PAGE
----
posed to tnis sudden reduction, m iew oil tell-tale sensation on his olfactories betrays
the difficulties still existing in' the upre-U,A-0nr9 siv TPVh.r.t has tatpn Th
constructed States, and the necessity of
Keeping m wie neia, . ior. a .unie u u,
large force in the Indian country. The
amendment of Mr. Rutler was. voted down,
and the following, offered by Jr. Rlame,
61 3Iaine, adopted in its stead : .
And be it- further enacted, That,- until the
military force is reduced to twenty regiments
of infantry, five regiments of cavalry, and
five "regiments .of artill.ery. no new commis
sions f pall be issued in any regiment ; and the
Secretary of.War is hereby directed t con
solidateregiments as rapidly as the require
ments of the public service and the reduction
of the number of officers will permit,-- -until
the afore named .minimum is reached., . .
And be it further enacted, That, until Other
wise directed bj law, there stall be no new
appointments and no. promotions in the Ad
jutant General's Department, in the Inspector
General's Department, in the l'ay Department,
in the Quartermaster's Department, in the
Commissary Department, in the Ordnance De
partment, or in the Medical Department.
The bill, as amended, passed the House
by a very large majority.
It is generally understood that the treaty
made with the English Government, by
Minister Reverdy Johnson, for the settle
ment of the Alabama claims will be reject
ed by the Senate, while that made by Gen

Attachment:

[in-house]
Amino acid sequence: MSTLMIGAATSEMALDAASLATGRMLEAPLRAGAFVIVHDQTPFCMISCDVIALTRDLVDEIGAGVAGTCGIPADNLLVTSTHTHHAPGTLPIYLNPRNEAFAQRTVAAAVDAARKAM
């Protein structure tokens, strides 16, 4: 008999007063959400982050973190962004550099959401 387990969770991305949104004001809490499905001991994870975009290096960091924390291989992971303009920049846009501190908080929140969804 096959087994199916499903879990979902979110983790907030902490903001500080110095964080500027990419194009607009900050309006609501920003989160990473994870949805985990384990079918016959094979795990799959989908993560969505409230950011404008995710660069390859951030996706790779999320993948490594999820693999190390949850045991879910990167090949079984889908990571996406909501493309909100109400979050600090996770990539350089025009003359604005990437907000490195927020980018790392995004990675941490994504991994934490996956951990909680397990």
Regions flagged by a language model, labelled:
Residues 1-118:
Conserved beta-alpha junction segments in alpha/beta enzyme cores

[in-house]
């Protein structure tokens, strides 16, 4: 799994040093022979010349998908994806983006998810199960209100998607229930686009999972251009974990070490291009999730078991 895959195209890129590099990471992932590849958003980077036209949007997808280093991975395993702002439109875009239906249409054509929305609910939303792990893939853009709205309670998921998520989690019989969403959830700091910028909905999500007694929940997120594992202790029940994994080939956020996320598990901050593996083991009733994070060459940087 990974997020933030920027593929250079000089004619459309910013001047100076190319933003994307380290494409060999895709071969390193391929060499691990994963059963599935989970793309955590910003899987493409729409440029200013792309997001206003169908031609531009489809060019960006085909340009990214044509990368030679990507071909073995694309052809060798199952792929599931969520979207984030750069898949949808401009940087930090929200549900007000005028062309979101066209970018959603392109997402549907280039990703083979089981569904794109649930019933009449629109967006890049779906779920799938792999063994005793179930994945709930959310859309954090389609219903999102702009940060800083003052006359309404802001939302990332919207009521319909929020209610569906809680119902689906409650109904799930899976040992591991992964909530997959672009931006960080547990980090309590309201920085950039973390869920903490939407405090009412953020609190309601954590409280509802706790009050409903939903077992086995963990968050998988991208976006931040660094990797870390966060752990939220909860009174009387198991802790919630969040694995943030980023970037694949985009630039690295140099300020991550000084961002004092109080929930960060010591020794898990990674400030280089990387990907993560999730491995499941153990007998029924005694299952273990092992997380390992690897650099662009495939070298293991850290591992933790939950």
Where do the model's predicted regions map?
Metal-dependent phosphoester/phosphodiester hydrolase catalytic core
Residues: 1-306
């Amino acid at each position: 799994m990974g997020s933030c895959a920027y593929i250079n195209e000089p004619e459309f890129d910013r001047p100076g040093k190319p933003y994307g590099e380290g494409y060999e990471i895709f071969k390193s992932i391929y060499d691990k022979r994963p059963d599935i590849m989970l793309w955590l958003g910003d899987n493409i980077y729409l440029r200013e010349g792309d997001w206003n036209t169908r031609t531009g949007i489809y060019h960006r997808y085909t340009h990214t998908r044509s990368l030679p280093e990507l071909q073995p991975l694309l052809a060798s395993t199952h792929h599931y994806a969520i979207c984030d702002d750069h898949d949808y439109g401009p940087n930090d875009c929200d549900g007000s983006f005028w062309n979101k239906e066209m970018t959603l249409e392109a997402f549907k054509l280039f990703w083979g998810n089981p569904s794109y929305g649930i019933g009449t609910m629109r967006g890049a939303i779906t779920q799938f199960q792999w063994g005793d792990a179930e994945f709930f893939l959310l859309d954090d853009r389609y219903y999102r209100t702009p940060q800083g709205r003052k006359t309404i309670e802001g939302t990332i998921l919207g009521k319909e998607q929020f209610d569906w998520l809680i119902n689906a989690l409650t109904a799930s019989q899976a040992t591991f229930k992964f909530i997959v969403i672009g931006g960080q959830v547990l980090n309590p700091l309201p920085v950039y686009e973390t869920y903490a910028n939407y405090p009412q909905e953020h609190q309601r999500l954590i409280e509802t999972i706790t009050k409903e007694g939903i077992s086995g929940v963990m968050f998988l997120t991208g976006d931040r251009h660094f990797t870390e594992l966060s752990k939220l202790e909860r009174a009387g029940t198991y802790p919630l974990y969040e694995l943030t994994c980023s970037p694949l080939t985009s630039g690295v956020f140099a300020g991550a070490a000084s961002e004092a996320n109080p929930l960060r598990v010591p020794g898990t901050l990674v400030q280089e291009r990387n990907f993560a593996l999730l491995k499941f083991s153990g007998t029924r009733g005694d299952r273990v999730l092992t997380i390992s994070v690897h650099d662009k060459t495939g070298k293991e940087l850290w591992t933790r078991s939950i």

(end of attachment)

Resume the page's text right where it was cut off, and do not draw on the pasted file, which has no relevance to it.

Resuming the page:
Cushing, with the Government of Colum
bia, for the right of way to construct a ship
canal acrosss the Isthmus of Darien will
be ratified. It is instructive to ponder
upon the contrast which characterized the
diplomacv that . resulted in effecting these
treaties. r Hob-nobbing, beef-eating," wire-
guzzling, windy-speaking, knee-bending,
and humiliating sycophancy marked each
step of our Minister to the Court pi' ot.
James, in the negotiations ..which 'ended
in this abortion called a treaty. How dif
ferent was the course of Gen. Cushing,-
The first intimation the public has had of
tne ODjecb oi nis mission, is me announce
ment of his success, in making -'a treaty,
which will be attended by immeasurably
greater benefits to this , country, than any
thai coma, oe nopeu ior iruui uie treaty
with England. ' ; -
The. Senate has under consideration the
House bill for the repeal of the tcuure-of-
office act. There seems to be some differ
ence of opinion among Republican Sena
tors, as to the propriety of the enUre re-
noal of the law. Some advocate its' modi
fication instead of its repeal. Jn the
discussions on this question, the political,
friends of Gen. Grant have, one and all,
reiterated their declarations of confidence
in his integrity and patriotism, but 4t is
held, by many Senators, that legislation
on this subject should ' have in vie, that
what has happened under, the. present 'ad
ministration -may' occur under future ad
ministrations, and that it would be unwise
to remove the law of restraint in toto.
They, therefore, advocate the modification
of the law, iii accordance with' the' report
of the Judiciary Committee "of the Senate,
whila disavowing any want of confidence
in the lVesidcnt elect. On the other baud,
it 'is said, that it-is due to Geu. Grant to
sin thithe has been selected as the
ilenositArv of J trust, which his constitu-